If you are like me, you probably don’t really know much about Paleolithic Nutrition. Up until a few months ago, I thought those on the Paleo Diet only ate nuts and seeds. Nonetheless, I was curious.
Around the time of my New Year’s Resolution, one of my work friends started bringing muffins and cake and cookies and all sorts of treats to work and calling them “Paleo.” Knowing the basics ingredients of baking, I was intrigued: how does one make cookies with only nuts and seeds? Could it be that my perception of Paleo Nutrition was wrong?
I decided to start investigating the Paleo “diet.” Just as the name would imply a Paleo chooses to eat at like a hunter-gatherer with the rationale that this is how humans were designed to eat. As with any food philosophy that eliminates entire food groups, I approached the Paleo diet from a nutritional perspective. Is there enough variety and are the limitations loose enough to meet nutritional needs in terms of protein, carbs, fat, vitamins and minerals? Here are the basics along with my review (+ or -) for each nutrient:
1. Protein: Caveman hunted for meat and fished for seafood. They also gathered eggs. They did not, however, have preservatives or curing methods to create bacon or ham. (+)
2. Carbohydrates: Starches, grains, legumes, and sugar are all on the “Avoid” list. Uh-oh… What about the 3-4:1 carb:protein ratio for recovery? I also don’t fully understand the rationale for this since rice and wheat and corn and potatoes are all plants that could be gathered. So if you have more info, please share it. (-)
3. Fats: A variety of oils are included along with nuts, so healthy fat-requirements are a non-issue. (+)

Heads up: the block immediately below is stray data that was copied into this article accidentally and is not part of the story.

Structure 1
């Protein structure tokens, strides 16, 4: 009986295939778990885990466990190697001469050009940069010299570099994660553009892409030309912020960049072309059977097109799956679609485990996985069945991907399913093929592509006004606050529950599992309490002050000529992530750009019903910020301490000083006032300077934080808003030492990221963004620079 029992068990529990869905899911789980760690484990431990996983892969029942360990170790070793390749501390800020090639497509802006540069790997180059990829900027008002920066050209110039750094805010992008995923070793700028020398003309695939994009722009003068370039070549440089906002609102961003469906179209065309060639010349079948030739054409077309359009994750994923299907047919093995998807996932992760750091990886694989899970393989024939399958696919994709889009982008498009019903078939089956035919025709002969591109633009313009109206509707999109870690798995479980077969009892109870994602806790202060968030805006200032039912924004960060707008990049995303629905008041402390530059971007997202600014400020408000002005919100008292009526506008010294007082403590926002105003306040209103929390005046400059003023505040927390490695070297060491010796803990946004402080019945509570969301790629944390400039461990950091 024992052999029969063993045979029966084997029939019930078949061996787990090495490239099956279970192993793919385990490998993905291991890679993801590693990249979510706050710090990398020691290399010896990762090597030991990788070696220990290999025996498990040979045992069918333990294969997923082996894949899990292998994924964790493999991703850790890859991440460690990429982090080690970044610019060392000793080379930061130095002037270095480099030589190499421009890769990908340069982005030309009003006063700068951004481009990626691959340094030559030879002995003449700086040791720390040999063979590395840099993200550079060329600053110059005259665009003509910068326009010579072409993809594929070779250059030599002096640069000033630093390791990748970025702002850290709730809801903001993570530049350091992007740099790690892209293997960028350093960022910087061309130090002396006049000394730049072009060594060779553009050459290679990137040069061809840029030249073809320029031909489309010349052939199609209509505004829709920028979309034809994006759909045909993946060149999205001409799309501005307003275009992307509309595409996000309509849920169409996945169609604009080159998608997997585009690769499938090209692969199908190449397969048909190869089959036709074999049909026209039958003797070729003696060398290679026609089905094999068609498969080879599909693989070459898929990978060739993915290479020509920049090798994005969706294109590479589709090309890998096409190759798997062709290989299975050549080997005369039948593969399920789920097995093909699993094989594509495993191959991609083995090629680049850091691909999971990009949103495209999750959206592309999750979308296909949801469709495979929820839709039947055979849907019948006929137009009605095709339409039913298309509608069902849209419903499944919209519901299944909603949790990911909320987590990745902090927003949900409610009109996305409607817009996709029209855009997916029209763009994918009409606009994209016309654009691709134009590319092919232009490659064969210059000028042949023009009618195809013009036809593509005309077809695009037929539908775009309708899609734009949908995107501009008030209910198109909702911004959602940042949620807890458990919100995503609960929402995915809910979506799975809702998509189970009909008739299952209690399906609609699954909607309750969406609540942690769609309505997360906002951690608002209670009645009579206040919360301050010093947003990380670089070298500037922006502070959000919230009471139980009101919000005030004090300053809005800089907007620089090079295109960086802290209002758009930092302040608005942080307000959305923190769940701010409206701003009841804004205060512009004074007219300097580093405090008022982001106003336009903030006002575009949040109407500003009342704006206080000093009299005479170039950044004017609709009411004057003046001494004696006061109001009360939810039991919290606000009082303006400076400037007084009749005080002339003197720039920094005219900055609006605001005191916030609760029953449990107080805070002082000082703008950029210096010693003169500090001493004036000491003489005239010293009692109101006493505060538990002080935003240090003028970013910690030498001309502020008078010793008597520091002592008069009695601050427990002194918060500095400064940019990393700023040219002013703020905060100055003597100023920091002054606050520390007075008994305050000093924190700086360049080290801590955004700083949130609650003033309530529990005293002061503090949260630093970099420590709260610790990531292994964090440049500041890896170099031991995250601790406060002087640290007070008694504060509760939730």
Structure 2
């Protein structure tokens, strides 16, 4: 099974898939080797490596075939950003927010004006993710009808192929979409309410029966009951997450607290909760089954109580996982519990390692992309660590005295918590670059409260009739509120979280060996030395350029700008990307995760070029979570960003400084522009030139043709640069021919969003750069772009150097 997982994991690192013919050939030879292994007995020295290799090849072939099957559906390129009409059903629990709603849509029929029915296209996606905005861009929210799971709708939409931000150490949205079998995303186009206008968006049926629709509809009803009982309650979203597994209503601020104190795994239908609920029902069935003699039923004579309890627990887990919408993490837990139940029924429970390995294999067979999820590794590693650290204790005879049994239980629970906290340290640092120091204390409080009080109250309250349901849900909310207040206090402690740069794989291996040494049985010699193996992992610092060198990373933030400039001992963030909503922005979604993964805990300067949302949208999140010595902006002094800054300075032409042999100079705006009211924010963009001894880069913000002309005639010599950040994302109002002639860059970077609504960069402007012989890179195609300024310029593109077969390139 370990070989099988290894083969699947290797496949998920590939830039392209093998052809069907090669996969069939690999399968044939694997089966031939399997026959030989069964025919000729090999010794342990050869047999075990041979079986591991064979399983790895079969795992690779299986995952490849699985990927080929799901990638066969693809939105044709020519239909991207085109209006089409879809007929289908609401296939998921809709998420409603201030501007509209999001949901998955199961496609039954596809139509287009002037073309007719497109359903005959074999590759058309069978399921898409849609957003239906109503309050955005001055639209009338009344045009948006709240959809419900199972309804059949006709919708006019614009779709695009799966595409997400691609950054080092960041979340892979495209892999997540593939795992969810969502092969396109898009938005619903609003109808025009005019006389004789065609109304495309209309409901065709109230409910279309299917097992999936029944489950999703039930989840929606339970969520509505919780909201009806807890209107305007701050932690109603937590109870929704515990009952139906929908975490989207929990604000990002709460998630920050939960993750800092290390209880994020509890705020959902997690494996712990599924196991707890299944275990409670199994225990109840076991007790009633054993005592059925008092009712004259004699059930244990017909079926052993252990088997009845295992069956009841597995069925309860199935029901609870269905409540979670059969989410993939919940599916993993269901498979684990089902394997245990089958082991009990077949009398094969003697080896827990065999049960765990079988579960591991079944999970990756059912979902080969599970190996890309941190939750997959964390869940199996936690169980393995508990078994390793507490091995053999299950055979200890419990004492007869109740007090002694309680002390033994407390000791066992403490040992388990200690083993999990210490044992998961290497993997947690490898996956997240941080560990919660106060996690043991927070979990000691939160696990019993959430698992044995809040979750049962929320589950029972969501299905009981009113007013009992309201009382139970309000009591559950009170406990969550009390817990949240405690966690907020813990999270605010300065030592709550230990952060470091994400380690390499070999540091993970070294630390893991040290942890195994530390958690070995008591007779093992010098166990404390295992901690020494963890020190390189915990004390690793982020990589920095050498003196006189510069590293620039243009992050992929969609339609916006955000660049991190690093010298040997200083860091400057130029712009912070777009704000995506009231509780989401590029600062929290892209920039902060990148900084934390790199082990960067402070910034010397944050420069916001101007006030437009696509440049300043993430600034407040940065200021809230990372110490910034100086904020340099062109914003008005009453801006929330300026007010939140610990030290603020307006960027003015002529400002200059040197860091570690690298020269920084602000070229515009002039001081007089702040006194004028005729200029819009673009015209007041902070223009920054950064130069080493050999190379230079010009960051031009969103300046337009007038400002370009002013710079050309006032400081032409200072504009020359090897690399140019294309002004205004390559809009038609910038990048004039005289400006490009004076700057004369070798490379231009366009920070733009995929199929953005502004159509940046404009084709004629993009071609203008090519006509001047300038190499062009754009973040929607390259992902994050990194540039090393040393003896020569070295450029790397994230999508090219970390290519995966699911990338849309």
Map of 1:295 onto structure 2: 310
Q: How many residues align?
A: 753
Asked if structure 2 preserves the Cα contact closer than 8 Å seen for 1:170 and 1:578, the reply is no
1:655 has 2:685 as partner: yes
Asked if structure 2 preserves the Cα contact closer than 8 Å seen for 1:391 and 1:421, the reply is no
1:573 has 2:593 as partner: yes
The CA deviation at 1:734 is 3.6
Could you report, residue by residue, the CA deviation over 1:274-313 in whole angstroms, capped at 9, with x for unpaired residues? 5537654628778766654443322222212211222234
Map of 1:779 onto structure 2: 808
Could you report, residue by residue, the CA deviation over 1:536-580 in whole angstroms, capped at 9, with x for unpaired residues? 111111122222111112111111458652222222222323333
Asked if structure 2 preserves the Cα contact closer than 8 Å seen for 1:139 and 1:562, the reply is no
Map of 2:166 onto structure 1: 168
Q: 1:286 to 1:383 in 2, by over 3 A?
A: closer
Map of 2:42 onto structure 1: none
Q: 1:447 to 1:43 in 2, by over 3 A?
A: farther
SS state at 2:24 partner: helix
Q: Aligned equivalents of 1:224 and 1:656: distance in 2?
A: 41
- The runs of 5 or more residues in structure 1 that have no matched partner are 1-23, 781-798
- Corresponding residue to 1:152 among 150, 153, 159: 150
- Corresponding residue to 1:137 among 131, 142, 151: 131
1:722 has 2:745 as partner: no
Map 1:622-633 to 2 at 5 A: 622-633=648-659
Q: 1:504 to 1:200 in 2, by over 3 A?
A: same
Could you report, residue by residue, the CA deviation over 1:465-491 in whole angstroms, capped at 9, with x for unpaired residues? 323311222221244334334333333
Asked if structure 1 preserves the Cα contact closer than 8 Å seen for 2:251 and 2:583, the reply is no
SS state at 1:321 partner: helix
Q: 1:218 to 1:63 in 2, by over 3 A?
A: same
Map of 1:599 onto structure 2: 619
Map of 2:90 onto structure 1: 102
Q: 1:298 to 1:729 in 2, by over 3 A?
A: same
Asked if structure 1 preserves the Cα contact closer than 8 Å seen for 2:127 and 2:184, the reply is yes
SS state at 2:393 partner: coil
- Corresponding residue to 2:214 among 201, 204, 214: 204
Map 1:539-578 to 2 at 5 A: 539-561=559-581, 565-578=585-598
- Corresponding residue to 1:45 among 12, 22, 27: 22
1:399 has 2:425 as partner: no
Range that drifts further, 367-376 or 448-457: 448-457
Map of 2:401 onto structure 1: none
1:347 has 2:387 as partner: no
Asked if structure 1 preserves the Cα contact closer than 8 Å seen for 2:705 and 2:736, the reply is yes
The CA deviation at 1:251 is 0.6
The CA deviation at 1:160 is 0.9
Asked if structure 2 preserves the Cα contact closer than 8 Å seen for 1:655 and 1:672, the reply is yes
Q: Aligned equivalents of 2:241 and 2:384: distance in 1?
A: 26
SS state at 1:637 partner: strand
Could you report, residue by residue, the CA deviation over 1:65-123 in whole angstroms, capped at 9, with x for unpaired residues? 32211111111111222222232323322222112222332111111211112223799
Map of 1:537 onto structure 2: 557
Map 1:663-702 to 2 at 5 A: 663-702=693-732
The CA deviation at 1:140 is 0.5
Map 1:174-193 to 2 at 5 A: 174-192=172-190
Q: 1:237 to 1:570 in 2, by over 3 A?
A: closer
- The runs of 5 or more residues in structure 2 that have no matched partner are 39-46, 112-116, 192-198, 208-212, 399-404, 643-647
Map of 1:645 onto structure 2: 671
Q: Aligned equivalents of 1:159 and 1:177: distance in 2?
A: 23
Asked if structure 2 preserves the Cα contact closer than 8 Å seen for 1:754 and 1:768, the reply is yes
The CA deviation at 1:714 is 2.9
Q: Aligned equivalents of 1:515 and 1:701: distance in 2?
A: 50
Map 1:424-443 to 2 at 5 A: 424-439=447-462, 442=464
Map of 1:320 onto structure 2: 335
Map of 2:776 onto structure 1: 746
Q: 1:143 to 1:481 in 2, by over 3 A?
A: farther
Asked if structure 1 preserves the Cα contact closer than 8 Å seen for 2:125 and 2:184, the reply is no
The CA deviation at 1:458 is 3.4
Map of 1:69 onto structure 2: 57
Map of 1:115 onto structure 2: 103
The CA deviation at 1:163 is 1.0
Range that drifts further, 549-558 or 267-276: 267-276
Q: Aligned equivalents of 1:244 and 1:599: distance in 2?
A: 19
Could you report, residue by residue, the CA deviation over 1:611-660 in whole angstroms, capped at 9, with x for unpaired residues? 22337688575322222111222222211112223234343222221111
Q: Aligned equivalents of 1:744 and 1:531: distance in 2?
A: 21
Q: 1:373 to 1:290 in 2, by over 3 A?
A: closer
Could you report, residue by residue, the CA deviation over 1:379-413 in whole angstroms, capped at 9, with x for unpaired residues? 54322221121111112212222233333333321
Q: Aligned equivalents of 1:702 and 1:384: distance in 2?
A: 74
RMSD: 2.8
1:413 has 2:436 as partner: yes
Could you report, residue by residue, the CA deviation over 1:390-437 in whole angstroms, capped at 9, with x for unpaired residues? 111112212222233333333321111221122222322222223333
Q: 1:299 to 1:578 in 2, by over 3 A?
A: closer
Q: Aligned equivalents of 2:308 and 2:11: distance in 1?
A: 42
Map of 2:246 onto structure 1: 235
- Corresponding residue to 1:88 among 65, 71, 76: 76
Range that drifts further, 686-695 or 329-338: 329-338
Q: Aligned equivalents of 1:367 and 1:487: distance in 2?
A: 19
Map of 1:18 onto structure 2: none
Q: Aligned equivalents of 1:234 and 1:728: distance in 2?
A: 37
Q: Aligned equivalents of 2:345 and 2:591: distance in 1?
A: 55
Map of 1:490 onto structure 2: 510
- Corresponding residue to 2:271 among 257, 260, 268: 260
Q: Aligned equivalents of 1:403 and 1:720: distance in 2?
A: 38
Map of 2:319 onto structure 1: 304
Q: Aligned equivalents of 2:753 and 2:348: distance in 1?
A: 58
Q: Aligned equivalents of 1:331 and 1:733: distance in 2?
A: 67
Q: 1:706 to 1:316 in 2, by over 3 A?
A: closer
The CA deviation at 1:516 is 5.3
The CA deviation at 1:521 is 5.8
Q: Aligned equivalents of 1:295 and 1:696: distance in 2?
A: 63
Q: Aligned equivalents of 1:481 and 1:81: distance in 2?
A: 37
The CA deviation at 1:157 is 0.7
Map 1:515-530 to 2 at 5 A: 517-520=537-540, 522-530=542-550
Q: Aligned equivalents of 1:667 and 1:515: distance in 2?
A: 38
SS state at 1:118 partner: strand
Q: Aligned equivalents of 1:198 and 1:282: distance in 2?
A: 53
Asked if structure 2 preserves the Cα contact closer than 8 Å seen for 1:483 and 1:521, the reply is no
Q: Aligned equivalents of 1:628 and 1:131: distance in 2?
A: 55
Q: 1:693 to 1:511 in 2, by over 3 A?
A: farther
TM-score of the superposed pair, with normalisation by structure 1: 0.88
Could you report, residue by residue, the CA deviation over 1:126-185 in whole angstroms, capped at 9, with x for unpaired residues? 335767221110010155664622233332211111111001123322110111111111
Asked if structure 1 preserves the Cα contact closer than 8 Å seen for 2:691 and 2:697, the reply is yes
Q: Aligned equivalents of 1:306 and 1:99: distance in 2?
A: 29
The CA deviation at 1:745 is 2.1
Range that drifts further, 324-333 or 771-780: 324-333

4. Vitamins and Minerals: Vegetables and fruits are included without restrictions in the Paelo diet. And as a general rule, a colorful plate is a vitamin/mineral rich plate. Dairy is excluded along with grains which have potential implications for calcium, vitamin D and B-vitamins. There is no mention of vitamin supplements, but I can only assume that since they weren’t available 2.5 million years ago, they probably are a no-go. I’m giving this category a (0) since I am undecided.
So with the above in consideration, my primary concerns with the Paleo diet as a runner are adequate carbohydrates (to support endurance exercise and recovery) and adequate vitamins and minerals (due to elimination of food groups as mentioned above). A quick Google search revealed that Paleo eating is promoted by bodybuilders and personal trainers for weight loss. Not by populations interested in, say, sustained activity over the course of 3+ hours. As a result there isn’t a whole lot of info about getting enough carbohydrates under the Paleo regime. Oh dear…
Since the Internet and a few books were limited help I decided to reflect on personal experiences. At the conclusion of my New Year’s Resolution food intolerance experiment, I determined that I have the most energy and the my GI system functions best when I avoid dairy and limit gluten, old-fashioned oats, and high-fructose fruits like apples, pears, grapes, and even honey. Yet over the past few months, I’ve allowed more and more gluten and processed foods to creep in. Is it a coincidence that I’ve had trouble waking up despite getting 8-10 hours of sleep? I’d like to get back to that energetic feeling.
So I’ve decided to experiment on myself. A case study, if you will, to determine the compatibility of Paleo nutrition for a runner of moderate/average mileage. Over the next 14 days, I’m going to attempt to follow the Paleo principles (simplified here) and continue to run 50 miles a week. I’ll keep track of my sleep, energy and GI happiness throughout the two weeks and at the end, have a bit of an understanding of the Paleo craze and it’s “goodness of fit” among runners. And I’ll post a few recipes along the way.
What do you know about Paleo nutrition? Do you have any good recipes or suggestions for making it work? Are you interested in outcomes other than sleep, energy and GI happiness?